By Eric Ahlberg
Beginning in the fall of 2006, Ryerson will offer a Masters of Business Administration program.
With one of the largest undergrad business programs in Ontario, it may be a wonder that Ryerson offering an MBA program hasn’t come sooner. “The standards for getting an MBA program (introduced) are fairly rigorous,” said ITM professor and associate business dean Wendy Cukier.
“It’s taken several years of concerted effort.” Three programs will be offered: a traditional MBA with a global focus, a specialized MBA in technology management or a Master of Technology and Innovation (MMSc), a research-based degree requiring a thesis. Each degree will offer a choice of specializations.
But the program will join several established contenders in the province. Queen’s University, the University of Toronto, York University and the University of Western Ontario already offer well-regarded MBA programs. A late entry into the game won’t stop the university from being competitive, President Sheldon Levy said.
“You’ve got to have the same level of content (to be accredited),” he said. “Business schools make their reputation on the strength of their MBA program.”
But it will still take a while for the program to develop a following, said Barrie Carlyle, vice-president of Toronto Region for David Aplin Recruiting. “It has no reputation right now, not even a good or bad one,” he said.
The program’s tution — about $3,500 per term or $10,500 if taken full time for 12 months — will make it more affordable than other MBA programs. “That’s terrific, offering greater access,” Carlyle said. “Once you start at $30,000, it’s more about who can afford it than who deserves it” he said.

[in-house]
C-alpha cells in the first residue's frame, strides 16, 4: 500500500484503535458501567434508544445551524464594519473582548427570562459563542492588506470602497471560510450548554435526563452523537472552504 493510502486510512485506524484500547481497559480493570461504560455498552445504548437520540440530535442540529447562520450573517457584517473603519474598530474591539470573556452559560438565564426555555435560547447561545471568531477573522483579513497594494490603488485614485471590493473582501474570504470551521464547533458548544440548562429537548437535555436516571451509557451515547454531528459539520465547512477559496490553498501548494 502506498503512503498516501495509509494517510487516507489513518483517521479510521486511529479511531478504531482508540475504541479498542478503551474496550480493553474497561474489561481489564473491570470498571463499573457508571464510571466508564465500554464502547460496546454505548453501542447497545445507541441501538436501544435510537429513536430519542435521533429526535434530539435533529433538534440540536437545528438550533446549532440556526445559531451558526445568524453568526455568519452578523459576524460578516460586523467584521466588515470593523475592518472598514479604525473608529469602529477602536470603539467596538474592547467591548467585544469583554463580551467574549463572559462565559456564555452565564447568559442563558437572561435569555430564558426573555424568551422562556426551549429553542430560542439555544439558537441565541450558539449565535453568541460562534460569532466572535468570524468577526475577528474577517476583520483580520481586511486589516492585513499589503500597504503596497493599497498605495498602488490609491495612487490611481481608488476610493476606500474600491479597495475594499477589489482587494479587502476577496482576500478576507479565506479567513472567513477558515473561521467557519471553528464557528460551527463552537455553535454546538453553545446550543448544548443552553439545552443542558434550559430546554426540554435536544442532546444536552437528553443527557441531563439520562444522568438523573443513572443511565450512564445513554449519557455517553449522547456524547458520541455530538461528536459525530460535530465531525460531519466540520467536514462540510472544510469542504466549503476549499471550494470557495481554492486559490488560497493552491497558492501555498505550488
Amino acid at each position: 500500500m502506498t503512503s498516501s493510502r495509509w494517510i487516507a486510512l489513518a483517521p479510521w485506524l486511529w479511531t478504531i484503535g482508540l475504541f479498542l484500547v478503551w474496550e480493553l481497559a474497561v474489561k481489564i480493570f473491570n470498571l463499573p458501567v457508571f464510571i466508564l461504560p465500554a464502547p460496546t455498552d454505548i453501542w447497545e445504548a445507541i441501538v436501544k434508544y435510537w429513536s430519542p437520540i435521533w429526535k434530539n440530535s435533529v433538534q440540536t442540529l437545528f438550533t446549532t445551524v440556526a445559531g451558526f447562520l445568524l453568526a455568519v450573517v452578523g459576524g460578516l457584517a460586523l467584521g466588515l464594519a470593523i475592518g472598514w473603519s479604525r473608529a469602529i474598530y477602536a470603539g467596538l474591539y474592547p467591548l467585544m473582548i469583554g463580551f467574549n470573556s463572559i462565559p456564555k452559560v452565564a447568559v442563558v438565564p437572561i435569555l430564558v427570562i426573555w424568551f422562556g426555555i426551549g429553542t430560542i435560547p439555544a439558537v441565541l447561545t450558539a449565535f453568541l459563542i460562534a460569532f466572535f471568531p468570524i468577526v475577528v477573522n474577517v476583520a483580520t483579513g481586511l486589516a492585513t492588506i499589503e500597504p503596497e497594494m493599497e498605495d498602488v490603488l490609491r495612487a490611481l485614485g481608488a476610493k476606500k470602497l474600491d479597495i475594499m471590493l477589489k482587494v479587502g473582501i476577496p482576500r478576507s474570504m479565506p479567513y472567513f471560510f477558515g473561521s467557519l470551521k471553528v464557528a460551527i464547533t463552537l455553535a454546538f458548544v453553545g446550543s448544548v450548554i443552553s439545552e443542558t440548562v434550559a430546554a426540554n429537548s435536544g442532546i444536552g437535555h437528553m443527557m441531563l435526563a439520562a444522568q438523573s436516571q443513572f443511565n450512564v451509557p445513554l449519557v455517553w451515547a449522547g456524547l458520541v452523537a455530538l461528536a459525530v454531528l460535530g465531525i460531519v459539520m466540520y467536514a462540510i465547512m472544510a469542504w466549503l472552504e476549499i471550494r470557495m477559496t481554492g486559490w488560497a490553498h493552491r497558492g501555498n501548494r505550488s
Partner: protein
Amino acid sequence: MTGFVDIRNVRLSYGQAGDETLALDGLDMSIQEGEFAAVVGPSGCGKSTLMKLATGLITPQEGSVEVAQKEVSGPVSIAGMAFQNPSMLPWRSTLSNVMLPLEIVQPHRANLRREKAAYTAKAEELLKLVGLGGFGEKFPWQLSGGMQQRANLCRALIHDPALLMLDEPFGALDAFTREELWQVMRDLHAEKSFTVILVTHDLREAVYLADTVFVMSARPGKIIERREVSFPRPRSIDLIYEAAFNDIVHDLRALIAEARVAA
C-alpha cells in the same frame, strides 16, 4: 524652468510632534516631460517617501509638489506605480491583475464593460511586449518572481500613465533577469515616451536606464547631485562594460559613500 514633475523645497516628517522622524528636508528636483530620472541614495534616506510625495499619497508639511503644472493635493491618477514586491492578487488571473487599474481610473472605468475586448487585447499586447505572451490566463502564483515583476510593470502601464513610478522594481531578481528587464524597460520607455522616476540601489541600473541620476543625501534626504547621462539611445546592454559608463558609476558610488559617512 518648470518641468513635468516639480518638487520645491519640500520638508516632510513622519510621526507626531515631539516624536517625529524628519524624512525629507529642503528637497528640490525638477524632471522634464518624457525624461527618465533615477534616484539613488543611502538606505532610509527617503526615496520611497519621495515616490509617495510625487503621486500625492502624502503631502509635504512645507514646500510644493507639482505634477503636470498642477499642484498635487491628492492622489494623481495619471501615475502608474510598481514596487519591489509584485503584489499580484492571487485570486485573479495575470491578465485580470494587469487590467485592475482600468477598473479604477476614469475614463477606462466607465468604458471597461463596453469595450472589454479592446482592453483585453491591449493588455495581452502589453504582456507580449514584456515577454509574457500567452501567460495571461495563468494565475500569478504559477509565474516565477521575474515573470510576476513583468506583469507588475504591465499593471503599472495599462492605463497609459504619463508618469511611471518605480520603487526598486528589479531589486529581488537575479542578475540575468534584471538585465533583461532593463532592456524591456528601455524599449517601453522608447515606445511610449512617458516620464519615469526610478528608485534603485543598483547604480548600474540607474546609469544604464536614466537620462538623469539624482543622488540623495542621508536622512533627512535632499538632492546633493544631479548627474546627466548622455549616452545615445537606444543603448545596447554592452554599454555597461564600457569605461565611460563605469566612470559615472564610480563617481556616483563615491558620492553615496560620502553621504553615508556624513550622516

The decision to offer an MBA program was natural, given the school’s other pending changes, Levy said. “It’s the timing,” he said. With the business building “moving to Bay Street, the quality of our faculty is growing. “I think you’re going to see a strong class,” he added. “Very, very strong.” But not all current business students are jumping at the opportunity to stick around for another degree.
“I originally wanted to do an MBA, but not at Ryerson,” said Magdalena Ponvia, a third-year business student. She says Ryerson’s requirements didn’t seem high enough. Carlyle said it shouldn’t matter too much where a grad gets his or her MBA.
“It’s bigger in the U.S., where you live and breathe where your (alma mater was)… It’s not that big an issue one way or another in Canada.”